Time for a resolution, time to hide

Published 12:00 am Thursday, February 3, 2005

I've always looked at New Year's as a time to look to the future, or at least the coming year. Like everyone, I make a list of "New Year's Resolutions." These resolutions will improve my life and things will be good. I seem to forget that along the way, while the intention is there and good, the motivation is just non-existent.

Every year I tell myself this same philosophy only to realize by February that I have failed miserably.

What was wrong with the past resolutions? Last year I thought about firming up my body and to be looking buff and suave by summer. I was really serious. I was going to be a gym bunny if it killed me.

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I joined the Y, bought protein shakes and vowed never to enter Burger King ever again.

I showed dedication to my diet and exercise regimen for about three days. To make life easier, Tracy Salter and I decided to join the Y at the same time and we would spend our lunch hour at the gym every day.

Well first she had a lame excuse, then I had an even lamer excuse.

Finally we got together and went.

Up on the treadmills I went determined to walk the pounds away.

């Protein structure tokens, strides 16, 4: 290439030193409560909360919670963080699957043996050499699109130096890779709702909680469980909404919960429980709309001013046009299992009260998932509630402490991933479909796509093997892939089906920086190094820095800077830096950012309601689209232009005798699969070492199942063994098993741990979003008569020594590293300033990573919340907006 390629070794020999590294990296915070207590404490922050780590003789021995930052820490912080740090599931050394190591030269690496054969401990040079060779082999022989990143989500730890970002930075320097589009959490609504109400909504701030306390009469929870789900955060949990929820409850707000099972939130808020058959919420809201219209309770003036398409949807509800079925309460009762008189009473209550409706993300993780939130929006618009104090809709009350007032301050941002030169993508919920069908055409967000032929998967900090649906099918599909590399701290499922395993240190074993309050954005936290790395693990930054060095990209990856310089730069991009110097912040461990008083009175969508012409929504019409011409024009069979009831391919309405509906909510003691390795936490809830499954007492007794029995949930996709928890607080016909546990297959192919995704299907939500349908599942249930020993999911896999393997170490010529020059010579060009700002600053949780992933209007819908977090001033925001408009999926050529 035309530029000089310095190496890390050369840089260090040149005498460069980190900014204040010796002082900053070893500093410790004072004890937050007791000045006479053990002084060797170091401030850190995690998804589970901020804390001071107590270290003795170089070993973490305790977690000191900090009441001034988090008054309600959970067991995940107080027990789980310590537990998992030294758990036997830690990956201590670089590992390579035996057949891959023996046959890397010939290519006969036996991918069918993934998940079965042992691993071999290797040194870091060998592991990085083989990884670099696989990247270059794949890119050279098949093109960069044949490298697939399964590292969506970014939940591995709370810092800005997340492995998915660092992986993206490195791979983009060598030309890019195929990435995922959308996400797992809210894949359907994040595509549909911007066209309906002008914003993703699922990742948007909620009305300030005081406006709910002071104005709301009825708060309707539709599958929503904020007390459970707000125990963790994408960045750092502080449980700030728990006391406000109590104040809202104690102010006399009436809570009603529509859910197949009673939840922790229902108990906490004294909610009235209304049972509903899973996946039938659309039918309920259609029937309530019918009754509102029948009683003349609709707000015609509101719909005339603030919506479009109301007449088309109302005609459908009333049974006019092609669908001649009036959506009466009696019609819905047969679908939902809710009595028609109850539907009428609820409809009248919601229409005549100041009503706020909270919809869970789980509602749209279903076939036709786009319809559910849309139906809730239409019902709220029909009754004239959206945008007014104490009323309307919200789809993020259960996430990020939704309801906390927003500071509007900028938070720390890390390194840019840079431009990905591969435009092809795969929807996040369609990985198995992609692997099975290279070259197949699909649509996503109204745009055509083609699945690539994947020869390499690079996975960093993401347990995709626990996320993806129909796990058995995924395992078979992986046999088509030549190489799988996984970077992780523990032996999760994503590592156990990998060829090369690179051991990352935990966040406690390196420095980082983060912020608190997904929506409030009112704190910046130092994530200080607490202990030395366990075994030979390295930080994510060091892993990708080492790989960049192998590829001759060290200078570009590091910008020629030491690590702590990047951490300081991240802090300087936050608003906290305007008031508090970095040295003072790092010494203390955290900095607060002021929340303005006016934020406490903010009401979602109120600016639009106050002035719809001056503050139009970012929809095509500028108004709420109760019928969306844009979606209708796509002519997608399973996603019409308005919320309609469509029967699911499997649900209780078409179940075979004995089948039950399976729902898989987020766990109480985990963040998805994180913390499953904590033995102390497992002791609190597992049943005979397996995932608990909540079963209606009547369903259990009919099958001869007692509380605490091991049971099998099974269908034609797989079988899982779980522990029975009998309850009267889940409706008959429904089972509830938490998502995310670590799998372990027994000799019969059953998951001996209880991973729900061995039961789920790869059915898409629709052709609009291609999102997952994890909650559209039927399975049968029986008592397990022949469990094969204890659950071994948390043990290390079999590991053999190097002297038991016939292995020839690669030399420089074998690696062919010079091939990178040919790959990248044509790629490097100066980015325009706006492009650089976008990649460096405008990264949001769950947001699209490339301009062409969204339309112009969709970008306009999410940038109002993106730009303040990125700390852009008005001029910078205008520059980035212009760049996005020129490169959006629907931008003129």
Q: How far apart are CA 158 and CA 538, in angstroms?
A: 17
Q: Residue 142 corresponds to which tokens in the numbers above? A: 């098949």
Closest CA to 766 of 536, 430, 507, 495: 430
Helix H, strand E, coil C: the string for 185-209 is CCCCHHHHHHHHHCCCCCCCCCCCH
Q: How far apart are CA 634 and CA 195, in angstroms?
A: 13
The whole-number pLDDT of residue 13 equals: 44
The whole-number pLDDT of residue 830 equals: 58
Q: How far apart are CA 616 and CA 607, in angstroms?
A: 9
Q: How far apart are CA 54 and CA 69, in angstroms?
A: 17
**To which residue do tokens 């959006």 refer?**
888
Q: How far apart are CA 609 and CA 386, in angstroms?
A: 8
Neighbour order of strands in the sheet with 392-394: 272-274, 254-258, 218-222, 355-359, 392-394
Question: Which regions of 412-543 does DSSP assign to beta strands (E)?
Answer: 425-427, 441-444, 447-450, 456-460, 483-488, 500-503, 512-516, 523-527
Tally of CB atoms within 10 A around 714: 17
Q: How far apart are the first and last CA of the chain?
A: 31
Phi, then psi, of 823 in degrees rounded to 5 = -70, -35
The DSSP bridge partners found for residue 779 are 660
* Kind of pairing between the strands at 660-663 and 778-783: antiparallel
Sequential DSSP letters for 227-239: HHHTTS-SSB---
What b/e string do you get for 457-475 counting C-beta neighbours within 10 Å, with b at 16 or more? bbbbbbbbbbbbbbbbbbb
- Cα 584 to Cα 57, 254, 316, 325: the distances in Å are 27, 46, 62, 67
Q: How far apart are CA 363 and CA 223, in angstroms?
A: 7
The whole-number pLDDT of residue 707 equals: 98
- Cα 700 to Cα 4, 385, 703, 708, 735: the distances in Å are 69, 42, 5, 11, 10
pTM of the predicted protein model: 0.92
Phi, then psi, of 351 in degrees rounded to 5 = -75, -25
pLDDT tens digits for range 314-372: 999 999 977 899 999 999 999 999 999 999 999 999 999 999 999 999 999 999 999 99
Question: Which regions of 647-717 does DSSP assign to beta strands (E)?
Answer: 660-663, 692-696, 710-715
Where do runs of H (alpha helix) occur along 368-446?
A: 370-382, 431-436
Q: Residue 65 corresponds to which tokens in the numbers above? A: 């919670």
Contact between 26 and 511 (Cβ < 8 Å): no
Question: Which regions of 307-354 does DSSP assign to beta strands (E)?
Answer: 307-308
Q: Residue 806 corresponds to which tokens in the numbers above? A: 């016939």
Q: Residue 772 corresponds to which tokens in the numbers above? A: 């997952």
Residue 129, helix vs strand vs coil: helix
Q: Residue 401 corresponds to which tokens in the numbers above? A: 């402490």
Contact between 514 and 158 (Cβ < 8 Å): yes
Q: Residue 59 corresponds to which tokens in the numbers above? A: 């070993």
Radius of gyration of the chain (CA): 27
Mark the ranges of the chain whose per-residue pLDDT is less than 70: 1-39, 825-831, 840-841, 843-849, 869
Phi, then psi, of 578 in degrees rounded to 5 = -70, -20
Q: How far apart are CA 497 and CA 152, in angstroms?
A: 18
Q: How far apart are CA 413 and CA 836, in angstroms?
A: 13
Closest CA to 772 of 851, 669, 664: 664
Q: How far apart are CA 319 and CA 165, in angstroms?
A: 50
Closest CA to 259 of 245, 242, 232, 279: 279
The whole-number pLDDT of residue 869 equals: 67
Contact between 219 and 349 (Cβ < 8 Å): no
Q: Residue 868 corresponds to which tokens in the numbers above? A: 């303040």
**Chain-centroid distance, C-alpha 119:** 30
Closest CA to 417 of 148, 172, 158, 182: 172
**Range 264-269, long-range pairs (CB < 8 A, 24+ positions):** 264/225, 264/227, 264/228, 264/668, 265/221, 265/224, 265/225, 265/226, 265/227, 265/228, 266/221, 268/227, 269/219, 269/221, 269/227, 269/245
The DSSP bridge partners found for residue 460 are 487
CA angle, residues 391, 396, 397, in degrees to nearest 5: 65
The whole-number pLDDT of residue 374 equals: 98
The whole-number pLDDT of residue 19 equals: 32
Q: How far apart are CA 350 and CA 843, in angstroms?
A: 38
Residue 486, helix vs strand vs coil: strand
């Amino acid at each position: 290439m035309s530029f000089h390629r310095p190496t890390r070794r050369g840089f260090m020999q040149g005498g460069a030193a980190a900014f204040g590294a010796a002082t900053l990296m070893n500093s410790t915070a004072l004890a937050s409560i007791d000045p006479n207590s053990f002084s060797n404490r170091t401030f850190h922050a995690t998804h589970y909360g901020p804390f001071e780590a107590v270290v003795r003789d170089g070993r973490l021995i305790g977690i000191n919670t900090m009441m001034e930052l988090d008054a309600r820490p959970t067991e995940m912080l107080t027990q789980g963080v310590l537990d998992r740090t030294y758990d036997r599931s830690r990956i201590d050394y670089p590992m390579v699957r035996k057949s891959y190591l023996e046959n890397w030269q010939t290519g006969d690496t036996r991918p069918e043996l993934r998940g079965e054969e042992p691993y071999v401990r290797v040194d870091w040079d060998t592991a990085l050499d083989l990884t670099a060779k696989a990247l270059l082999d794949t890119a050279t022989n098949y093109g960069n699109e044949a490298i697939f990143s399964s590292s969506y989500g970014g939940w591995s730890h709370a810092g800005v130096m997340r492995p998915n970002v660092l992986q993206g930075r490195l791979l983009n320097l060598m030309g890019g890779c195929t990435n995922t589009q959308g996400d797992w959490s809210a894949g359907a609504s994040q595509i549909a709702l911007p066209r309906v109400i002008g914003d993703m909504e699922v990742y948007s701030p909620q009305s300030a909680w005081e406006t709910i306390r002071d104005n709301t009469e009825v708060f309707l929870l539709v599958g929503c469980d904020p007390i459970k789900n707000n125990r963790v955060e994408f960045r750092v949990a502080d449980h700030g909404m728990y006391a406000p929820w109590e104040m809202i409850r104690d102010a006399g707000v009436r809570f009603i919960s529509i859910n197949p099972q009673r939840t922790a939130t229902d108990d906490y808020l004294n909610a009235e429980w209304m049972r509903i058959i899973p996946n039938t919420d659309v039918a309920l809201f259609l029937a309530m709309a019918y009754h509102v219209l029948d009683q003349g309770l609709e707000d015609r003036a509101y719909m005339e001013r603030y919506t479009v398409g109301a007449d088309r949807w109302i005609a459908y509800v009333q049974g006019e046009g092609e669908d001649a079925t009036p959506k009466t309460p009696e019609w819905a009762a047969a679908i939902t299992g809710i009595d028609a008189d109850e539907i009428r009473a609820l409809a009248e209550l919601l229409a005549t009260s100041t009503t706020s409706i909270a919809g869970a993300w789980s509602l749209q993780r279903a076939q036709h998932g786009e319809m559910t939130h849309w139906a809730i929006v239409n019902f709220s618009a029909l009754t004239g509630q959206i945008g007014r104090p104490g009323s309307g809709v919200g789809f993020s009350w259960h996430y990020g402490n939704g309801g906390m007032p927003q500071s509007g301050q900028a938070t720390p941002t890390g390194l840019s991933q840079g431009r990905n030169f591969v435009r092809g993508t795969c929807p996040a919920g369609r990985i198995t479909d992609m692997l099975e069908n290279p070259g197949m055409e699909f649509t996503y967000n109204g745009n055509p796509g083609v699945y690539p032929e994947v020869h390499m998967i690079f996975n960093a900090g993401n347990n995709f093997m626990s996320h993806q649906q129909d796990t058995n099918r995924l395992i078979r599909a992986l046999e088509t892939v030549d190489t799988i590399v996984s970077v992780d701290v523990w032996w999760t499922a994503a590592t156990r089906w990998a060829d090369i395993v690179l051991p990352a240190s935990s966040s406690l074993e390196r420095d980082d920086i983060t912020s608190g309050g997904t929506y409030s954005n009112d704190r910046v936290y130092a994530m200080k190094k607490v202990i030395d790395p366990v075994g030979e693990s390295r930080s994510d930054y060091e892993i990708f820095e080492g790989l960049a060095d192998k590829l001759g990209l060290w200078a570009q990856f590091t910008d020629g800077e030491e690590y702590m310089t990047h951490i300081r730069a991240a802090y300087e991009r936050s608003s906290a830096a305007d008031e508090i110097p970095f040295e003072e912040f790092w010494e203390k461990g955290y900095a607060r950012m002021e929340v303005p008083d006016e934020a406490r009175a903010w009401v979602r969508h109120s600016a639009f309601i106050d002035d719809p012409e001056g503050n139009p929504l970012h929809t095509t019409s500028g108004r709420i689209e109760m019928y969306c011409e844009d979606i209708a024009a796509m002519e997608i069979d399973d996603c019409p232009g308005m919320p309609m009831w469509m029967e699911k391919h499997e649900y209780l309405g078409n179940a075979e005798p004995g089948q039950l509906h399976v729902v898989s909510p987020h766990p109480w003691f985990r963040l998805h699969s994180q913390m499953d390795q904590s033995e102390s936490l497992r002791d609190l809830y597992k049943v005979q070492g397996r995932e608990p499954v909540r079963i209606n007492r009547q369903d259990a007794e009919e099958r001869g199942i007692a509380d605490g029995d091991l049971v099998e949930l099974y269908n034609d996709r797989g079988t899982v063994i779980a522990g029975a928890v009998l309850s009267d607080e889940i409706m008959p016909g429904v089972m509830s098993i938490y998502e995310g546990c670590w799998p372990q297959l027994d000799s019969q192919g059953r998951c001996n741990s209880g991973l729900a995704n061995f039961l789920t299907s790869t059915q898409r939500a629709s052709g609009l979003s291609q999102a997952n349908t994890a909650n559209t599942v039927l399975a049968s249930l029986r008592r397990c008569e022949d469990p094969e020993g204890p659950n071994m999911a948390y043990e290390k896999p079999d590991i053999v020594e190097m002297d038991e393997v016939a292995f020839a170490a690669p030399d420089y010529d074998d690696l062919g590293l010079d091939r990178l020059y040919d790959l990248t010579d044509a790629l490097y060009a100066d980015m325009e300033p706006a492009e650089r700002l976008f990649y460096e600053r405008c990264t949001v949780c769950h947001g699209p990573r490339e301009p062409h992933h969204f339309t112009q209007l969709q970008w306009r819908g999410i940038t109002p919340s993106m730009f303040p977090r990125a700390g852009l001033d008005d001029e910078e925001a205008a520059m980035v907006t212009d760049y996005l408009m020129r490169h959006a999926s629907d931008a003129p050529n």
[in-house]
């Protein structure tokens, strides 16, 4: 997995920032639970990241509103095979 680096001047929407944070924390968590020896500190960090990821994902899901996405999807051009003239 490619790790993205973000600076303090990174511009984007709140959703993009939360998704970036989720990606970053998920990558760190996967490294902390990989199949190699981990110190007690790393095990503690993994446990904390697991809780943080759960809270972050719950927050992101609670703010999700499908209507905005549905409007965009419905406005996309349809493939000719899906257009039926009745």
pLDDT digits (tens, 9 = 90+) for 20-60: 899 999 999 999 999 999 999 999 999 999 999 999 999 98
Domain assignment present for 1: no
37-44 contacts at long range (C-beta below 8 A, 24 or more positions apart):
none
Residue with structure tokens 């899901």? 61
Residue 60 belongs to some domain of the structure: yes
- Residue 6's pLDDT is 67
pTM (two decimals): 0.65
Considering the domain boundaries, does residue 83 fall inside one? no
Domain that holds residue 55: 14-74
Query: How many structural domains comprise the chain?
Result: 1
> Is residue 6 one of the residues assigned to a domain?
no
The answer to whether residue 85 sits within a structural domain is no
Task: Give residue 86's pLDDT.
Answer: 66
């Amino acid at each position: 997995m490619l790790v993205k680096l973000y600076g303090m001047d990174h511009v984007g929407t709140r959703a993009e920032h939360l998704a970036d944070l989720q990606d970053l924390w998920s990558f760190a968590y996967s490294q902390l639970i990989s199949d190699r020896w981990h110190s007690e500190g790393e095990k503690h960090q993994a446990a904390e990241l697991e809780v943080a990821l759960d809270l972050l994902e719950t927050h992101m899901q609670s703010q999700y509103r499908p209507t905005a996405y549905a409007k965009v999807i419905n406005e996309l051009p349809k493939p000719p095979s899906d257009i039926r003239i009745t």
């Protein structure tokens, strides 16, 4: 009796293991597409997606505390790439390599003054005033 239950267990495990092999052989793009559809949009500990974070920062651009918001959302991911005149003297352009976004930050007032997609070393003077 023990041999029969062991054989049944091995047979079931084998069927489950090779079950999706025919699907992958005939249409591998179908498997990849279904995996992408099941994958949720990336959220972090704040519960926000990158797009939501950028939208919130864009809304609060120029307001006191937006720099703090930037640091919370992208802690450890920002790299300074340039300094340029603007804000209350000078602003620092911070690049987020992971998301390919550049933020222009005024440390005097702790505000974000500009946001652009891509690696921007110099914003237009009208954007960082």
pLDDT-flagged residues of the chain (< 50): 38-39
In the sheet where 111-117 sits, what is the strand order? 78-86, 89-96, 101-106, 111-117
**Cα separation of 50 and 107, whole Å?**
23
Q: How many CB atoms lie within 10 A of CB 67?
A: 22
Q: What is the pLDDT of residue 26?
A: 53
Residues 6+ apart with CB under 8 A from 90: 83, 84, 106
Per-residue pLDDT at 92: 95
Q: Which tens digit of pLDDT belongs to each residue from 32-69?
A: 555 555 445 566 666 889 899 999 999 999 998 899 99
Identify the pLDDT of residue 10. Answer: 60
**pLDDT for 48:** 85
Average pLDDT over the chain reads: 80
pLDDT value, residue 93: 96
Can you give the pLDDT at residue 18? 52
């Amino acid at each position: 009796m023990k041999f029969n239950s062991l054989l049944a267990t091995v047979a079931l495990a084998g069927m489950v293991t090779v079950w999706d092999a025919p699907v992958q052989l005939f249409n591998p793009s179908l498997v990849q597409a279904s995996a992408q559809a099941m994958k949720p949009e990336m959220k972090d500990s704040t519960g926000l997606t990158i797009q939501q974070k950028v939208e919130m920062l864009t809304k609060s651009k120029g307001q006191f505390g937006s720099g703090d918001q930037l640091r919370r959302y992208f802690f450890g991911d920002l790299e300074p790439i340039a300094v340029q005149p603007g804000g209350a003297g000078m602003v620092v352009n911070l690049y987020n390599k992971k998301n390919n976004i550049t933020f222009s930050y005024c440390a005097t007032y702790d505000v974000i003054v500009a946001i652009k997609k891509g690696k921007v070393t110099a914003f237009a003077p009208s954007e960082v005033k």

As Tracy began to huff and puff I continued at a casual stroll and event commented on how relaxing it was.

Little did I know that the previous user had been on mystery track and suddenly I found myself

at a trot and soon a gallop.

My heart was about to explode and I was begging Tracy to shoot me from her machine.

Sadly, she could only laugh. I finally found the emergency stop button and WHAM! off the machine I went towards the wall.

That was probably the last time I went to the Y.

I think the world needs chubby people and I'm their leader.

So if you must, make those resolutions but make them realistic.

Good intentions alone don't result in change. We all want to either lose weight, get a better job, stop smoking or buy a bigger house. These things are great goals to set for ourselves for the year to come, but it seems the changes that occur are the ones that aren't planned.

When I make these resolutions that are really unrealistic, should I feel like a failure?

If you do the same, should you?

I don't think so.

By no means am I perfect. No one is.

And by resolving to do something does not mean it will happen.

I have learned the unexpected things in life are what changes my life for the better.

Things like meeting new friends, adding new family members or letting other long withering relationships die.

So I'm going to make these resolutions:

1. I resolve to be more charitable in 2005.

2. I resolve to lose 25 pounds in 2005.

3. I resolve to visit at least two places I've never been before.

4. I resolve to be more tolerant.

5. I resolve to have more faith.

6. I resolve to spend more time with family.

7. I resolve to to be a penpal with someone around the world.

8. I resolve to send flowers to at least one person for no good reason.

9. I resolve to build something with my hands.

10. I resolve to care more.

Wish me luck, and to you, have a happy New Year.

Jay Thomas is managing editor of the Greenville Advocate and can be reached at 382-3111, ext. 136 or via email at jay.thomas@greenvilleadvocate.com.